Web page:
Abraham Lincoln's Prayer
During the Civil War a friend of Abraham Lincoln was a visitor at the White House. "One night I was restless and could not sleep. . . From the private room where the President slept, I heard low tones. Instinctively I wandered in, and there I saw a sight which I have never forgotten. It was the President kneeling before an open Bible. His back was toward me. I shall never forget his prayer: "Oh, Thou God that heard Solomon in the night when he prayed and cried for wisdom, hear me. . . . I cannot guide the affairs of this nation without Thy help. Hear me and save this nation.'"
When the leaders of our country assembled to write the Constitution, Benjamin Franklin proposed that each session be opened with prayer. Franklin said, "I have lived a long time, and the longer I live the more convincing proof I see of this truth—that God governs the affairs of men."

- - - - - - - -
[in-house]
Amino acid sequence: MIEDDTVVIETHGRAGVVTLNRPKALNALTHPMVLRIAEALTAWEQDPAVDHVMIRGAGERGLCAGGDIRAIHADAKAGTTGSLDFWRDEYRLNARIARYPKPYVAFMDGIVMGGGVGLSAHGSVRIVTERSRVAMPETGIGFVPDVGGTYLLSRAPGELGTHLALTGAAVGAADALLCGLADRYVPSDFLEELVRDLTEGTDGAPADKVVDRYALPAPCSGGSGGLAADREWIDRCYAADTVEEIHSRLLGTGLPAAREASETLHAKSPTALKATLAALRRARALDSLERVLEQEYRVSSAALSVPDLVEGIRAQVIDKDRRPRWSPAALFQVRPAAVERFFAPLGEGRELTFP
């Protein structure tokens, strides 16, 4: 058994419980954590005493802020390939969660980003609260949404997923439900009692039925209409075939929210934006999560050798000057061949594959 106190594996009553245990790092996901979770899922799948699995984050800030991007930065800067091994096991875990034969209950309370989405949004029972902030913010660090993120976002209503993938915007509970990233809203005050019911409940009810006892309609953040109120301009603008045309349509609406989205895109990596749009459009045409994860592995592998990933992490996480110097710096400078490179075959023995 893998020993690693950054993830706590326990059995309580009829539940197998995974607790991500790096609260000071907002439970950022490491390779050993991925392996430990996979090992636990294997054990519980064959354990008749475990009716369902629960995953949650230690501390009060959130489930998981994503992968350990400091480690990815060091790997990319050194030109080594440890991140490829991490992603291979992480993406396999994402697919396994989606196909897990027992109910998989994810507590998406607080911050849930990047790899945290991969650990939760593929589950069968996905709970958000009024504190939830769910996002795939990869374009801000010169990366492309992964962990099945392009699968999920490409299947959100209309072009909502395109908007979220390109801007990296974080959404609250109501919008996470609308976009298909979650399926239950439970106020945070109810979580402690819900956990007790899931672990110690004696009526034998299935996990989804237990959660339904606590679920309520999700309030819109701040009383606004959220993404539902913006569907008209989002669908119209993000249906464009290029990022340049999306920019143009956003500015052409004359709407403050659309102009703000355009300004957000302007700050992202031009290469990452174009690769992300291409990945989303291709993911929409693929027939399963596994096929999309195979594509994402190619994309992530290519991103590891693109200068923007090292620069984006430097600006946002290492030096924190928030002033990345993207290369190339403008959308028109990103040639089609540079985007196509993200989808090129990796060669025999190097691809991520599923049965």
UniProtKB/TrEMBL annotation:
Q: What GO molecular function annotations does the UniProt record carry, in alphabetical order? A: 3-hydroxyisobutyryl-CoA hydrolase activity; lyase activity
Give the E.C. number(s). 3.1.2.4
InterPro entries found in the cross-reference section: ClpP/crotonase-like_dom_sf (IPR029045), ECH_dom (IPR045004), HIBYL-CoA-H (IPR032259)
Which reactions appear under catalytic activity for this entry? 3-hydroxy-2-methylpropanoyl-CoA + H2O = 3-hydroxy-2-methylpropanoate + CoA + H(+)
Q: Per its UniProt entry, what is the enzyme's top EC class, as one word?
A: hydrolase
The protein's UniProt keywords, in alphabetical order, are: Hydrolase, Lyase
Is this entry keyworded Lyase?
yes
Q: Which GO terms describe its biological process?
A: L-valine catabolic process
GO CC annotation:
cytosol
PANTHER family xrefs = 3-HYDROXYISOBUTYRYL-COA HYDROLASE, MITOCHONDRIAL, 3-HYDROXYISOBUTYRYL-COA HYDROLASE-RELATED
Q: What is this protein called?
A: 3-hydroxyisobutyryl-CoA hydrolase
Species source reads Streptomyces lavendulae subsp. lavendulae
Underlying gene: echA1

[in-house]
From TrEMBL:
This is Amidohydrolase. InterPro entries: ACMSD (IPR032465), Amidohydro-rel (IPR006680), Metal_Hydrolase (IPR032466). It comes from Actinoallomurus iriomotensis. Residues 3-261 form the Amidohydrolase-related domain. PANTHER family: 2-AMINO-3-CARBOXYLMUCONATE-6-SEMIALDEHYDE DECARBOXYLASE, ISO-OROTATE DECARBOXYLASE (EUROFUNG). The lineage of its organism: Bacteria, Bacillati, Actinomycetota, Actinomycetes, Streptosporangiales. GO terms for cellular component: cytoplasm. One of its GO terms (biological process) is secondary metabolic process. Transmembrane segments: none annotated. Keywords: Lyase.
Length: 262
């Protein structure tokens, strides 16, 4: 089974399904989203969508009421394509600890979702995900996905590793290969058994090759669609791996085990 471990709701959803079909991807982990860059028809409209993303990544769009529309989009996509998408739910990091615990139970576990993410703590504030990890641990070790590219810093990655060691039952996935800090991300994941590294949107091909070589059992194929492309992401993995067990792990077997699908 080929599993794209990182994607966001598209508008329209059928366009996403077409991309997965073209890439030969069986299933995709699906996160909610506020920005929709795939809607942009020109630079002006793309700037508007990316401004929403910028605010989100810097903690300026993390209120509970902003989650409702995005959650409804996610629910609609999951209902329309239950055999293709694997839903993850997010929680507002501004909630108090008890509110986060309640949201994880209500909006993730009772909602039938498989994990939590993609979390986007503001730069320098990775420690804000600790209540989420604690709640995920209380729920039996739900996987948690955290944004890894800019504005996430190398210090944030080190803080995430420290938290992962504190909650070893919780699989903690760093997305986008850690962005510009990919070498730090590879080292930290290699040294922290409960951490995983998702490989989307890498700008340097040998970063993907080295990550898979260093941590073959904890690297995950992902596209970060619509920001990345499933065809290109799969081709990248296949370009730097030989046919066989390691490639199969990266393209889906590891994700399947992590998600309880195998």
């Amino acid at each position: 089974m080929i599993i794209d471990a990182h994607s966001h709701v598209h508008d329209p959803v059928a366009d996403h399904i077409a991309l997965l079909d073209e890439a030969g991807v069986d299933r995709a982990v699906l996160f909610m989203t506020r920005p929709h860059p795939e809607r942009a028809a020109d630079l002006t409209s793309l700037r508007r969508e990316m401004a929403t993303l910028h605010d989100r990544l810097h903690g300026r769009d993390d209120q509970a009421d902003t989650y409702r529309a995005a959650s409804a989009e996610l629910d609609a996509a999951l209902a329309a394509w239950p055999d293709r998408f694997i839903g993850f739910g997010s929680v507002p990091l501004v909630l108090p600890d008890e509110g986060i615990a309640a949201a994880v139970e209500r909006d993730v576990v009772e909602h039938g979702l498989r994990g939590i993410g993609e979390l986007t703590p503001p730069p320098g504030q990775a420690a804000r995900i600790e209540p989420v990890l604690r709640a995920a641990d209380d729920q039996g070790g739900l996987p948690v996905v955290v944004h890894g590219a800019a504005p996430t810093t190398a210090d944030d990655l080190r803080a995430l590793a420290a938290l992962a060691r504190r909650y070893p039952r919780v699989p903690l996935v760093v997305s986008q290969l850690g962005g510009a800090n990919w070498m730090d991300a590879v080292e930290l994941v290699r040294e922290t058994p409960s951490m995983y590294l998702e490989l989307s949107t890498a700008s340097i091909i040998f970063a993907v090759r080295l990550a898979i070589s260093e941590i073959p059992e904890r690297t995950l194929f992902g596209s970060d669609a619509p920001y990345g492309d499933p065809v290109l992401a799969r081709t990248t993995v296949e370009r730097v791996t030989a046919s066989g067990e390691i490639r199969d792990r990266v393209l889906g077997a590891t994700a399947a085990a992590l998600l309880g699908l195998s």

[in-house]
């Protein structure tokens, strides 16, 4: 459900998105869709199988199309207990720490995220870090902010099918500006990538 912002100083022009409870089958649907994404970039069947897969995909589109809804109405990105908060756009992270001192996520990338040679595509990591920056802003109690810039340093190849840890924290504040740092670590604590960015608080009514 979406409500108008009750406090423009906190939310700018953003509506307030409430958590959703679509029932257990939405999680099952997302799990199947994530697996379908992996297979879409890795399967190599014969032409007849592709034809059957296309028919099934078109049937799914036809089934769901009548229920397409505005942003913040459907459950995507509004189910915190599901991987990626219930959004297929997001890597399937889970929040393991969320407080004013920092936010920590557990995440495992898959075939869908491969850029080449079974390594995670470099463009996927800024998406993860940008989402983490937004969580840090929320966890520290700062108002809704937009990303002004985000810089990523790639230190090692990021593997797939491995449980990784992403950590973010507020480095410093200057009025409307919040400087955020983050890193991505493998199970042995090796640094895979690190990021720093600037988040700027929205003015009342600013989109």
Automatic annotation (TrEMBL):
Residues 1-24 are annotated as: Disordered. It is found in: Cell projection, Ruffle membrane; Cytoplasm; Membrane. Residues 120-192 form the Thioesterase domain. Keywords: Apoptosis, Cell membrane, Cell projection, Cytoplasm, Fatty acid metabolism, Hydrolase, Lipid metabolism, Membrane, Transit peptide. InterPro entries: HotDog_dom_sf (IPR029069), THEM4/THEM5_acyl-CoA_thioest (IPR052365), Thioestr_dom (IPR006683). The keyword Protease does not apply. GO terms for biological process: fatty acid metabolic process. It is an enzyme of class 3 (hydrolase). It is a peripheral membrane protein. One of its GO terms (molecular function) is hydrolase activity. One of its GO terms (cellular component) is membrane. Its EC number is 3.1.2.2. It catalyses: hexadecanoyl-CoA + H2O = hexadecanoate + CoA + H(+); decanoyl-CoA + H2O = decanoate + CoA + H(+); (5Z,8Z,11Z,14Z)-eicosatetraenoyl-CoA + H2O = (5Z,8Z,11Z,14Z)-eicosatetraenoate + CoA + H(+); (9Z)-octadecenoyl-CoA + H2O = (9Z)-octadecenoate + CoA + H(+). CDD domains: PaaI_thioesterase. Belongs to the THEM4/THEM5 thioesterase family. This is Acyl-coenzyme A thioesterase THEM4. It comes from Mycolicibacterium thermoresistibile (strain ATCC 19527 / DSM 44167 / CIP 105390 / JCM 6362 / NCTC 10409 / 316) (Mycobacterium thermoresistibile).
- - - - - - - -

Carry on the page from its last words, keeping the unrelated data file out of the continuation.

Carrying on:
Our nation is great because it was founded upon God's Word and prayer. But today prayer has been replaced by political intrigue, materials and a mistaken notion that our private and national affairs can be run without God.
The Bible exhorts the Christian to prayer in 1 Timothy 2:1-6: "I exhort therefore, that, first of all, supplications, prayers, intercessions, and giving of thanks be made for all men: for kings, and for all that are in authority; that we may lead a quiet life in all godliness and honesty. For this is good and acceptable in the sight of God our Saviour; who will have all men to be saved, and to come unto the knowledge of the truth. For there is one God and one Mediator between God and men the Man Christ Jesus; who gave Himself a ransom for all, to be testified in due time."
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